• A set of states in which data are during their scientific processing (such as creation, analysis, preservation, etc.)

  • A connection between these states (in the sense of edges in a directed graph)

  • A set of roles in the context of research data management (researchers, data stewards/librarians, funders, etc.)

  • A set of actions with regard to research data management (collecting, documenting, annotating, etc.)

  • A mapping of roles, actions, and states to each other (e.g. “in state creation researchers describe their methods”)

Since the lifecycle models differ widely with regard to their representation (different graphical and textual representations), a homogeneous processing was not possible at first. To ease the analysis and comparisons between the models, they were transcribed into an XML representation.[10] A schema to validate the XML representations was used to guarantee quality of the representations. During the processing of the sources for the data lifecycle models, excerpts stating the purpose the lifecycle models were collected. The classification of purposes is a result of an abstraction from these excerpts and the context in which some of the data lifecycle models were published at (e.g. training material, service advertisements).

3.1 Threats to validity

The collection method does not guarantee completeness, which means there might be models of research data lifecycles not captured by our analysis. Since Perrier et al. (2017) already provides a scoping review of the relevant literature, this is an acceptable defect. Our approach was focused on finding criteria to compare data lifecycle models and to evaluate the fitness of lifecycle models in general, which does not necessitate completeness.

The list of purposes a model can be designed for is probably not complete, at least in a generic sense (models could for example also be used to exemplify). However, the list should include all relevant applications of models in the context of research data management.

We only included English and German resources describing data lifecycles. As far as models had been described in other languages, they often seemed to be translations. When German models would bias our results, we excluded them from the statistics (this is clearly stated in the text).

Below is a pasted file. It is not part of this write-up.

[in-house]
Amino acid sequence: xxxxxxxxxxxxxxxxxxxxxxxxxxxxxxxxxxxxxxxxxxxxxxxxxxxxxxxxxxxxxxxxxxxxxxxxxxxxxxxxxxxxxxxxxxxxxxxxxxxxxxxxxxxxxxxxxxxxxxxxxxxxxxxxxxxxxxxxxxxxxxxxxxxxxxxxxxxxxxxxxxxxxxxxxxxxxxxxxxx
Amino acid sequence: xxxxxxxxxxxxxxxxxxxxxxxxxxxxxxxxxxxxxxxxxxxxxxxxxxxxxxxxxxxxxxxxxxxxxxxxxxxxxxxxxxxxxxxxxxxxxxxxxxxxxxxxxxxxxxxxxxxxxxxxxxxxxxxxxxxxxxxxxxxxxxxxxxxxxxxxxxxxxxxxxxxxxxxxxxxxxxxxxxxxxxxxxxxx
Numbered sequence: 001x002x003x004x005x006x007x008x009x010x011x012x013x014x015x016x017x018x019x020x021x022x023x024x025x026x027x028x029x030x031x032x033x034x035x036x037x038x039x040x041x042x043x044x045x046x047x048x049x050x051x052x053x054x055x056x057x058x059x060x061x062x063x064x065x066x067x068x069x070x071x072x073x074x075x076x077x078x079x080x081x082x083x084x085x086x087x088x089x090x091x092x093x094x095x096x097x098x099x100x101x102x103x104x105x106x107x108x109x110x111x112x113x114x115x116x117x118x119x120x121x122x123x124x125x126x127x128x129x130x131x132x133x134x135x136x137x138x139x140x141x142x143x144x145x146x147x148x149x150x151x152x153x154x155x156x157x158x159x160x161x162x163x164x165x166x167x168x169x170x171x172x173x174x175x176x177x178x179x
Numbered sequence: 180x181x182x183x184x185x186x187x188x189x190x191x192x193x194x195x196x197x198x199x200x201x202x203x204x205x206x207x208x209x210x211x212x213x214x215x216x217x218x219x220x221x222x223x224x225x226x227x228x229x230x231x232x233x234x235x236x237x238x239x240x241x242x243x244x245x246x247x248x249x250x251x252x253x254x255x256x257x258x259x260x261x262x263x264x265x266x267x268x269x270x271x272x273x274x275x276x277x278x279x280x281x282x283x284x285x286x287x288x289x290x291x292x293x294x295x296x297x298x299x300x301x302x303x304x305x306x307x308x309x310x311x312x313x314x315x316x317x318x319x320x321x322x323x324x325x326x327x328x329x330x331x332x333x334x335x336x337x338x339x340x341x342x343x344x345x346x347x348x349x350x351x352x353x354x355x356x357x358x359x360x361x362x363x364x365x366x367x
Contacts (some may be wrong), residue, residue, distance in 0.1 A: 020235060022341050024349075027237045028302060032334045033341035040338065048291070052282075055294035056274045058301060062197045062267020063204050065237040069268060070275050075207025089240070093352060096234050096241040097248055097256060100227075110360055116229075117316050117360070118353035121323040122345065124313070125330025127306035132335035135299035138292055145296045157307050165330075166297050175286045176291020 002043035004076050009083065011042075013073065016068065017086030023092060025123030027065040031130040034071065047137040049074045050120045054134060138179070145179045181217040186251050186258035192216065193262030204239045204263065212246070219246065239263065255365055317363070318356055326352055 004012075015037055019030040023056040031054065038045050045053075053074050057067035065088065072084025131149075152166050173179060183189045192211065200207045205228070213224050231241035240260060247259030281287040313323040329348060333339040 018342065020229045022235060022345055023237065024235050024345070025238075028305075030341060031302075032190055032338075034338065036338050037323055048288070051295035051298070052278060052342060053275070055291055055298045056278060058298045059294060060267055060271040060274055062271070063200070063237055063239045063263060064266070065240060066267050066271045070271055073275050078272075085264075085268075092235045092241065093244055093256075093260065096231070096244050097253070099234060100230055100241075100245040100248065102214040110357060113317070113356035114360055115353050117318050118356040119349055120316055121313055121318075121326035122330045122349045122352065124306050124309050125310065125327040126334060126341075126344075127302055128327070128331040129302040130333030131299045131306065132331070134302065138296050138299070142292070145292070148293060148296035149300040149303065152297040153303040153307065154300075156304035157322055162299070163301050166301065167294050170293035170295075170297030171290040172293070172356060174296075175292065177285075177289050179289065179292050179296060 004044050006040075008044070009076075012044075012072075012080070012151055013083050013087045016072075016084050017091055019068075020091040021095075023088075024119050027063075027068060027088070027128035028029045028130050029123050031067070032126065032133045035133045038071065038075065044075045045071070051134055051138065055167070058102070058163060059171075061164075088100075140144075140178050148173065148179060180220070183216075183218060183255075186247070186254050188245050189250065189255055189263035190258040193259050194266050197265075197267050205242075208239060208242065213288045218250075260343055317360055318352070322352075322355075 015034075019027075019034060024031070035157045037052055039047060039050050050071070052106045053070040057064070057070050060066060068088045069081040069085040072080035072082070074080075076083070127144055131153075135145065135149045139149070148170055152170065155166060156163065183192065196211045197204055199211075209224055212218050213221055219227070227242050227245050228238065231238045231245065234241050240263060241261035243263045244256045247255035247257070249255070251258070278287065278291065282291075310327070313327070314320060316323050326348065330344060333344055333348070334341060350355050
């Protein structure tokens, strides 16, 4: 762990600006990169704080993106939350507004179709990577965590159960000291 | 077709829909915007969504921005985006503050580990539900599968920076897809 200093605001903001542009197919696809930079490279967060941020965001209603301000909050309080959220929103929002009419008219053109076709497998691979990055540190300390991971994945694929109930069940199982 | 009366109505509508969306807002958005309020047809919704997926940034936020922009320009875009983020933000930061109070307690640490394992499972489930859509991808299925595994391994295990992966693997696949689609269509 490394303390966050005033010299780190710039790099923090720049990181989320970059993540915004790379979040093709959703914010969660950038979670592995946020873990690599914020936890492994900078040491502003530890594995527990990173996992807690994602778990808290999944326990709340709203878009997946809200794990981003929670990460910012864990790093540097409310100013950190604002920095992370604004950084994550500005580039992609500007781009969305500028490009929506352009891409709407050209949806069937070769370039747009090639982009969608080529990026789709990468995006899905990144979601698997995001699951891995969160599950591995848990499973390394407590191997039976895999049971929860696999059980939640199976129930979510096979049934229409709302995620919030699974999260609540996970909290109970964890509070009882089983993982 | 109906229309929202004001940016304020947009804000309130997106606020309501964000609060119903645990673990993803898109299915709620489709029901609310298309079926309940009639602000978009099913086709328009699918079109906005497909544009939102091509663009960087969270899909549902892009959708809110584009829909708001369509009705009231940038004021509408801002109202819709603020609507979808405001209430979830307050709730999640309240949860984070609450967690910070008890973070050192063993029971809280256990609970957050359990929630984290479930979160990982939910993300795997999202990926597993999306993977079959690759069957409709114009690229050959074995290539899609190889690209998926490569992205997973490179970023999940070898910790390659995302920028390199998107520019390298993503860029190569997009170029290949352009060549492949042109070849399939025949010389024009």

4 Results

The heterogeneity of the sources for data lifecycle models can be seen in Figure 1. 62 % of the models are published in a medium that is citable in the classical sense (journals, proceedings, or books); 78 % (70) of the found models have a graphical representation.

Fig. 1 Publication types of found research data management models/lifecycles

Fig. 1

Publication types of found research data management models/lifecycles

The remainder of this section is divided into two parts: The first part presents our statistical evaluation results, based on the metamodel presented in Section 3. The presented numbers will be the basis for the discussion how the “dimensions” of the metamodel could facilitate a comparison between data lifecycle models. The second part proposes a classification of data life cycle models via their application (including an example) a derived method of evaluation.

4.1 Comparison of lifecycle models along the metamodel

39 % (35) of the models define actions, 14 % (13) define roles, and only 13 % (12) define both. Some of the models that only include states “encode” an action into the state of the data (e.g. “analyzing” or “data cleansing”), which makes them hard to compare with other models that separate state and actions. 11 % (10) of the models provide a mapping of activities and roles to specific states. For partial mappings, Table 1 can be consulted.

Table 1

Mappings of states, actions, and roles to each other (right upper half: absolute number of mappings; left lower half: percentage of mappings)

Mapping States Actions Roles
States - 35 11
Actions 39 % - 10
Roles 12 % 11 % -

The five characteristics listed in Section 3 allow us to define classes of data life cycle models. Each class extension is defined by the characteristics fulfilled by its members, i.e. there is a class for all models which define states and actions, but no roles etc. This classification determines a partial order that allows realizing a partial comparison. The following data lifecycle models provide all five characteristics and are therefore members of the “highest” class with regard to the partial order: Hamish et al. (2003), Knight (2006), Kuberek (2013), Möller (2013), Veenstra and Broek (2015), Pouchard (2016), Peng et al. (2016), Sarmiento Soler et al.(2016).